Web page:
Lincoln always knew who he was and what he wanted to do. When a Congressman from North Carolina offered him a path to peace and union just before the law, he said "and retract my pledges on stopping slavery where it stands?" He claimed he held union highest, but was unwilling to accept union if the south wouldn't acknowledge the authority of the federal government to diminish slavery.

    Revisionists can find a trillion quotes. But what did he do? He moved towards bring the races into a more equal relationship, firmly, without a step back.

    1. No, that is not all that he admits to- he clearly states, "...the White man is to have the superior position..." And he clearly plays up "social" or "equal" interaction with Blacks for laughs, and a punch line. He sees no law(s) necessary to separate the races from interacting as apparent equals because every White there (incl himself) would consider the very thought... laughable.

  2. I just lost a hero. I really thought Lincoln was better than that!

    1. Although Lincoln's views may have evolved with time, you must remember that even most abolitionists did not believe in social equality with African Americans- they simply did not believe in the institution of slavery. John Brown was one of the few abolitionists who broke bread with Blacks and treated them as equals.

      The policy of "40 acres and a mule" was a concept to give freedmen with no education, money and only the rags on their back a chance to survive after the life long abuse of slavery- it was quickly shot down.


    2. Like any other human being, Lincoln was a product of his time. It is no secret, at least to me, that the Civil War had far, far less to do with slavery than it did with simple economics, and the preservation of the United States as one singular nation.

      Please recall that the vast and overwhelming majority of people in this time period believed firmly that skin color was inherently and irrevocably linked to intelligence and morality; that whites were superior and all others were inferior. To judge Abraham Lincoln, or anyone else, for simply stating the views that he/she/they were raised with is naive and foolish in the extreme. It does not excuse these views, but it does in large part explain them; there is a difference.

      Whatever his reasons may have been, Lincoln was still a great man, and was one who helped to usher in the beginnings of the struggle for equality that we are still mired in to this day. Was he perfect? Decidedly not. No one is. Like any man, he had his flaws. Unlike many men, he rose above them for the most part.

      Note: I grew up in a small town that hosted one of the Lincoln/Douglas debates, so this is not as new to me as it may be to many people. Perhaps that's the difference.

  3. This is a troubling passage, no doubt, for many admirers of Lincoln. To add another brick to the pile, friends and acquaintances of Lincoln recall him telling race jokes.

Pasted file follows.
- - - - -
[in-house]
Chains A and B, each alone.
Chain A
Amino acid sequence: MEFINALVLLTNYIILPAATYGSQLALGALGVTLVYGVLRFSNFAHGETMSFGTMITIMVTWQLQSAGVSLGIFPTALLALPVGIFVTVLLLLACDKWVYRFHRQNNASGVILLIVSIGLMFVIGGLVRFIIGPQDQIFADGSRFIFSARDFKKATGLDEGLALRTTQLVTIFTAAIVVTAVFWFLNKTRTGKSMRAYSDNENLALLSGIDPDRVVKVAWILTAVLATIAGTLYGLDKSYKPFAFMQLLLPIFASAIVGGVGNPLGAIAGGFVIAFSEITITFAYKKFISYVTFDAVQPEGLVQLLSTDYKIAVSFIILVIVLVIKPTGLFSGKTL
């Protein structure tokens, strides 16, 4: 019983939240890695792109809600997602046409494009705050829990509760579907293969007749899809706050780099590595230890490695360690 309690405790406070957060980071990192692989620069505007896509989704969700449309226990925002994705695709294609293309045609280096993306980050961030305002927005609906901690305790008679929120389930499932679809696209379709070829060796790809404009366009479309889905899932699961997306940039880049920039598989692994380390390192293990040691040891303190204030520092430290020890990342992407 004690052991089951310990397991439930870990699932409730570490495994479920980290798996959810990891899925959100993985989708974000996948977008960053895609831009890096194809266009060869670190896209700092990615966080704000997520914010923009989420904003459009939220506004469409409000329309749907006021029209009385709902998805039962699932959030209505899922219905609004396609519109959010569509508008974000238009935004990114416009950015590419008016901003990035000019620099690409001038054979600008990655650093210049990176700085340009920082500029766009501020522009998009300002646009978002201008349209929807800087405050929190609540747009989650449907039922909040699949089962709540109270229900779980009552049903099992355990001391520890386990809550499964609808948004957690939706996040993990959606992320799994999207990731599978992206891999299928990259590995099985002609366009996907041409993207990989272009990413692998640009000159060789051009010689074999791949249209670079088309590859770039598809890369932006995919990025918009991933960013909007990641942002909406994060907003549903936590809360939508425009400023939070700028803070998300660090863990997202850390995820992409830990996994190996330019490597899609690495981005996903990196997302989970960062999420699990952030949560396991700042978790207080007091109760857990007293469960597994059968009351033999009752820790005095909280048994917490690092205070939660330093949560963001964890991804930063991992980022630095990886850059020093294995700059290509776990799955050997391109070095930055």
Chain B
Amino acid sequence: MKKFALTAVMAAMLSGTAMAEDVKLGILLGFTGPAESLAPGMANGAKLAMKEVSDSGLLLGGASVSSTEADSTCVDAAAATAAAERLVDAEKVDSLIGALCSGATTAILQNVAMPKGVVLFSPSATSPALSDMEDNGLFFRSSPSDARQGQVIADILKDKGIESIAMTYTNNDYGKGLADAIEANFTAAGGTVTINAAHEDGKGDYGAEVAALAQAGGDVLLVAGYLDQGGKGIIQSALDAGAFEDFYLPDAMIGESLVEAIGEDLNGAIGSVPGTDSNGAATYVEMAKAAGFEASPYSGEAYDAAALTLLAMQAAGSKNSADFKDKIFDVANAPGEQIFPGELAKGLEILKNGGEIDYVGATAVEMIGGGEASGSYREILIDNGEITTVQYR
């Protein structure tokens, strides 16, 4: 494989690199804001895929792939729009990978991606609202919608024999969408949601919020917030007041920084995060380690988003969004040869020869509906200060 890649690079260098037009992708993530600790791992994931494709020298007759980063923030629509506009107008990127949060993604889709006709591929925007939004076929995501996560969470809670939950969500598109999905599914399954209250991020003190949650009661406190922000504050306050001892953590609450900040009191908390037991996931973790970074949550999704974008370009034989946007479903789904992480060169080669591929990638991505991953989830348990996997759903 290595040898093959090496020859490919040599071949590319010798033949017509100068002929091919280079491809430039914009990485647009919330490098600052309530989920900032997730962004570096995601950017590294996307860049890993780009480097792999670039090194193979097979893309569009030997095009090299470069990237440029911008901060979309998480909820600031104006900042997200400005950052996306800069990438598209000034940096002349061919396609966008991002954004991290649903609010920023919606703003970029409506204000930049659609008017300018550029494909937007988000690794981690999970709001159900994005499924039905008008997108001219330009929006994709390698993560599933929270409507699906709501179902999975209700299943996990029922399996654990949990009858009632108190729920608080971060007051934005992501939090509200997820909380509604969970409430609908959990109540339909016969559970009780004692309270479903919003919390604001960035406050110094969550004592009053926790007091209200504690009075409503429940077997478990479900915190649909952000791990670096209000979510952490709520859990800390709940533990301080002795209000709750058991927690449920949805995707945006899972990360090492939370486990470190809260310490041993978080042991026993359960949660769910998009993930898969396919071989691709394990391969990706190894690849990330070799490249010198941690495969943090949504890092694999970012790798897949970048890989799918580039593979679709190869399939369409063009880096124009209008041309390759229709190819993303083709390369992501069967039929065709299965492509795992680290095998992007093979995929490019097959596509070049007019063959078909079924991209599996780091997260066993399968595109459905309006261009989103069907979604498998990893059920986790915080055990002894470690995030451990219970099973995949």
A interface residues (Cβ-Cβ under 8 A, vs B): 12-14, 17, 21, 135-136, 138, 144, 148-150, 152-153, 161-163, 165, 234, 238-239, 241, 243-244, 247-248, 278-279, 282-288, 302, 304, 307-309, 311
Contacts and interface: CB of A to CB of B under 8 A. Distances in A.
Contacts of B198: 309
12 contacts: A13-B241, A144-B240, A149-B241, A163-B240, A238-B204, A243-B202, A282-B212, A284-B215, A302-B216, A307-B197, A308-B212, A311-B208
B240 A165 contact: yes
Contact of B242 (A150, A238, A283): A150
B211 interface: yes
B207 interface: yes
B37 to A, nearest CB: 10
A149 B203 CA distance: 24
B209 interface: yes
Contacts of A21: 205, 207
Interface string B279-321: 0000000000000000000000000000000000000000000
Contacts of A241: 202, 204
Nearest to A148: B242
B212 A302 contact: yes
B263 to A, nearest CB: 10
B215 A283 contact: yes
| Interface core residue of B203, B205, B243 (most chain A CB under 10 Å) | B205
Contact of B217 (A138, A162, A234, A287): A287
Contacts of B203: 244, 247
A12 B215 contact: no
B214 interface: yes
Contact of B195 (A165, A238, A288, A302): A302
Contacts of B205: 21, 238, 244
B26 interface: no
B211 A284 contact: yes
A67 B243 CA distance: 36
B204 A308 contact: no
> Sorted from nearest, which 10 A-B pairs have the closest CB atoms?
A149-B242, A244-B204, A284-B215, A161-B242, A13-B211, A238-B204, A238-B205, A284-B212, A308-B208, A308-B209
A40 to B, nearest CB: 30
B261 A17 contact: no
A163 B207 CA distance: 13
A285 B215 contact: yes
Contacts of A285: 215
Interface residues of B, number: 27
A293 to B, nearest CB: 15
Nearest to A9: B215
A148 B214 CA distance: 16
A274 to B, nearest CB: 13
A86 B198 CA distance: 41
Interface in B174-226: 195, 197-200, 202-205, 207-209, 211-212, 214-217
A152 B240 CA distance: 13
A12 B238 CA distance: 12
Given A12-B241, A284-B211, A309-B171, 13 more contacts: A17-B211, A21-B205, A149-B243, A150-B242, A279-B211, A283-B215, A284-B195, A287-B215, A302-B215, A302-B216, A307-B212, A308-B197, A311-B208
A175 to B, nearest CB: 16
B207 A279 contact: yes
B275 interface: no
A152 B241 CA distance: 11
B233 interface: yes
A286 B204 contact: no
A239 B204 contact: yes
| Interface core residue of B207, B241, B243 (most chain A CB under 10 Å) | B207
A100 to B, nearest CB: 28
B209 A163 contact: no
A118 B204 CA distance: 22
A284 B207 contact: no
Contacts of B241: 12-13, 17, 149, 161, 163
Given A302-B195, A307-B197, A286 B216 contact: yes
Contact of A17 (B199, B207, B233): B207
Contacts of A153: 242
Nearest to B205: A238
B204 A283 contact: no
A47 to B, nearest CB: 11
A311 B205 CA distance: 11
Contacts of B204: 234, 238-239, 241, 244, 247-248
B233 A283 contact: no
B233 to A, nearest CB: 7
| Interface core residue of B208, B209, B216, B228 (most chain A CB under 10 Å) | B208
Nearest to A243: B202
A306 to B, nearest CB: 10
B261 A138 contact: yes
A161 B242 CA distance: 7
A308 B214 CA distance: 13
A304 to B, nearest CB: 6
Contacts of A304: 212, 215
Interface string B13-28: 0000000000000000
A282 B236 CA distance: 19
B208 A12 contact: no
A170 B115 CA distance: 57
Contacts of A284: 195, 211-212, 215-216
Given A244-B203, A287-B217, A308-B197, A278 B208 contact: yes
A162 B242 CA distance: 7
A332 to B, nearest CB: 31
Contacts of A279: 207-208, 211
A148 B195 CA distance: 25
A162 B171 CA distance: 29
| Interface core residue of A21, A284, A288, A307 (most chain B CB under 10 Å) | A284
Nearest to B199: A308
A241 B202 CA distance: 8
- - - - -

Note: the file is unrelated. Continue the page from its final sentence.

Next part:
Well, let us bring things forward. Woodrow Wilson was an out-and-out racist who reversed many hard-won gains by people of color during the Jim Crow era. Harry Truman was known to utter the N-word and flirted with the KKK when he was a county politician in Missouri (never formally joined, though). JFK was lukewarm on civil rights; it was RFK who saw political advantage in supporting Dr. King in the '60 election, and so urged his brother to do so. Most everyone will look bad if we apply today' standards to people who lived in previous centuries. We must try to judge them by the standard of the day.

    I mentioned RFK earlier. You might recall that RFK, early in his career, was a pretty aggressive and mean-spirited man, who worked for Joseph McCarthy and with Roy Cohn during the Communist witch hunts of the 50's. The trauma of his brother's death seemed to change him, and he spent the final few years of his own life trying to be a different and better man. I think the trauma of the Civil War changed Lincoln as well As he came into personal contact with such luminaries as Frederick Douglass, I sense his views on race seemed to evolve a bit into something we today might find a bit more enlightened.

    Washington, Jefferson, Madison, Monroe, Jackson, all owned slaves. John Adams, who prided himself on not owning slaves, nonetheless thought that the slavery issue was much less pressing than that of the scandalous theatricals which he thought were destroying public morals!

    All heroes have feet of clay.

  4. It always amazes me how little many liberals know of US history or the context of the times from the past. They wish to demonize past historical figures based on their superior morality of today. This is an extremely slippery slope. They quickly forget how many of their heroes of the very recent past were against gay marriage. Will Obama and Hillary be vilified in the future because they once had a different position on the subject? A very slippery slope indeed.